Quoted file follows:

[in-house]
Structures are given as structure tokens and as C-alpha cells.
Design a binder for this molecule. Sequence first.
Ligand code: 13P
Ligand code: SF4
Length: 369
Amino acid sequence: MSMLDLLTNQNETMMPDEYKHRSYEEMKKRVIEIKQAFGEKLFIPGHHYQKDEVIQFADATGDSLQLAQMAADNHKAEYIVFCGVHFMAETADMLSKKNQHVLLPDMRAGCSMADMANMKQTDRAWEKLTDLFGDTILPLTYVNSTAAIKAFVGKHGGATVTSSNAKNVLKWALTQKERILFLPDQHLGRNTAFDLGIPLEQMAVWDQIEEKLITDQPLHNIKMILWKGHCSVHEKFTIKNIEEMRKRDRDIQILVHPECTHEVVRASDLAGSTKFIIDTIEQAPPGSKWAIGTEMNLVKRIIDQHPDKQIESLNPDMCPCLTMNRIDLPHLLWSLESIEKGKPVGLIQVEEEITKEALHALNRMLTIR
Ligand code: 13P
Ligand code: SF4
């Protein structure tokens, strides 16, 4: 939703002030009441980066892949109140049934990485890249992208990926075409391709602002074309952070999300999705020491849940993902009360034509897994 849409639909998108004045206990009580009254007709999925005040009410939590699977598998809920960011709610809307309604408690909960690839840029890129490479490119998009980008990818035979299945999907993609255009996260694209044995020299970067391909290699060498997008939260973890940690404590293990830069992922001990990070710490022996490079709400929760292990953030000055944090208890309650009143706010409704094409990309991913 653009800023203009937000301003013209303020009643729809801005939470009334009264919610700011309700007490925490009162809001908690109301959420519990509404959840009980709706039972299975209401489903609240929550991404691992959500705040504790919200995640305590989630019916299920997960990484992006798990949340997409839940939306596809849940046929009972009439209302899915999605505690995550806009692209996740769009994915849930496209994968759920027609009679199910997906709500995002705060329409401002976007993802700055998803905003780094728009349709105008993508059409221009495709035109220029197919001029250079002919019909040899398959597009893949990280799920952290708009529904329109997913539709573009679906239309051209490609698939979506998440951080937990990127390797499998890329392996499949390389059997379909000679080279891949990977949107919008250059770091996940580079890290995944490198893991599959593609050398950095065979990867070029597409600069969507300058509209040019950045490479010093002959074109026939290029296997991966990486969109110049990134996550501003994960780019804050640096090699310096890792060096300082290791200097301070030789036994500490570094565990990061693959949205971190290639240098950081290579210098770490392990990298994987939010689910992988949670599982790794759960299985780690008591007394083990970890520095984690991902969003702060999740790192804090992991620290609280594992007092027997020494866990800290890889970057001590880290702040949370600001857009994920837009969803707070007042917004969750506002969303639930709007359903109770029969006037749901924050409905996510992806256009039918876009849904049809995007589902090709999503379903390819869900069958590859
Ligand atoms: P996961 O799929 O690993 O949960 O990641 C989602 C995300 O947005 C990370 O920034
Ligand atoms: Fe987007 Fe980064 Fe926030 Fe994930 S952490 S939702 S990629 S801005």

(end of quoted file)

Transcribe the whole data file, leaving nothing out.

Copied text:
[in-house]
Structures are given as structure tokens and as C-alpha cells.
Design a binder for this molecule. Sequence first.
Ligand code: 13P
Ligand code: SF4
Length: 369
Amino acid sequence: MSMLDLLTNQNETMMPDEYKHRSYEEMKKRVIEIKQAFGEKLFIPGHHYQKDEVIQFADATGDSLQLAQMAADNHKAEYIVFCGVHFMAETADMLSKKNQHVLLPDMRAGCSMADMANMKQTDRAWEKLTDLFGDTILPLTYVNSTAAIKAFVGKHGGATVTSSNAKNVLKWALTQKERILFLPDQHLGRNTAFDLGIPLEQMAVWDQIEEKLITDQPLHNIKMILWKGHCSVHEKFTIKNIEEMRKRDRDIQILVHPECTHEVVRASDLAGSTKFIIDTIEQAPPGSKWAIGTEMNLVKRIIDQHPDKQIESLNPDMCPCLTMNRIDLPHLLWSLESIEKGKPVGLIQVEEEITKEALHALNRMLTIR
Ligand code: 13P
Ligand code: SF4
């Protein structure tokens, strides 16, 4: 939703002030009441980066892949109140049934990485890249992208990926075409391709602002074309952070999300999705020491849940993902009360034509897994 849409639909998108004045206990009580009254007709999925005040009410939590699977598998809920960011709610809307309604408690909960690839840029890129490479490119998009980008990818035979299945999907993609255009996260694209044995020299970067391909290699060498997008939260973890940690404590293990830069992922001990990070710490022996490079709400929760292990953030000055944090208890309650009143706010409704094409990309991913 653009800023203009937000301003013209303020009643729809801005939470009334009264919610700011309700007490925490009162809001908690109301959420519990509404959840009980709706039972299975209401489903609240929550991404691992959500705040504790919200995640305590989630019916299920997960990484992006798990949340997409839940939306596809849940046929009972009439209302899915999605505690995550806009692209996740769009994915849930496209994968759920027609009679199910997906709500995002705060329409401002976007993802700055998803905003780094728009349709105008993508059409221009495709035109220029197919001029250079002919019909040899398959597009893949990280799920952290708009529904329109997913539709573009679906239309051209490609698939979506998440951080937990990127390797499998890329392996499949390389059997379909000679080279891949990977949107919008250059770091996940580079890290995944490198893991599959593609050398950095065979990867070029597409600069969507300058509209040019950045490479010093002959074109026939290029296997991966990486969109110049990134996550501003994960780019804050640096090699310096890792060096300082290791200097301070030789036994500490570094565990990061693959949205971190290639240098950081290579210098770490392990990298994987939010689910992988949670599982790794759960299985780690008591007394083990970890520095984690991902969003702060999740790192804090992991620290609280594992007092027997020494866990800290890889970057001590880290702040949370600001857009994920837009969803707070007042917004969750506002969303639930709007359903109770029969006037749901924050409905996510992806256009039918876009849904049809995007589902090709999503379903390819869900069958590859
Ligand atoms: P996961 O799929 O690993 O949960 O990641 C989602 C995300 O947005 C990370 O920034
Ligand atoms: Fe987007 Fe980064 Fe926030 Fe994930 S952490 S939702 S990629 S801005």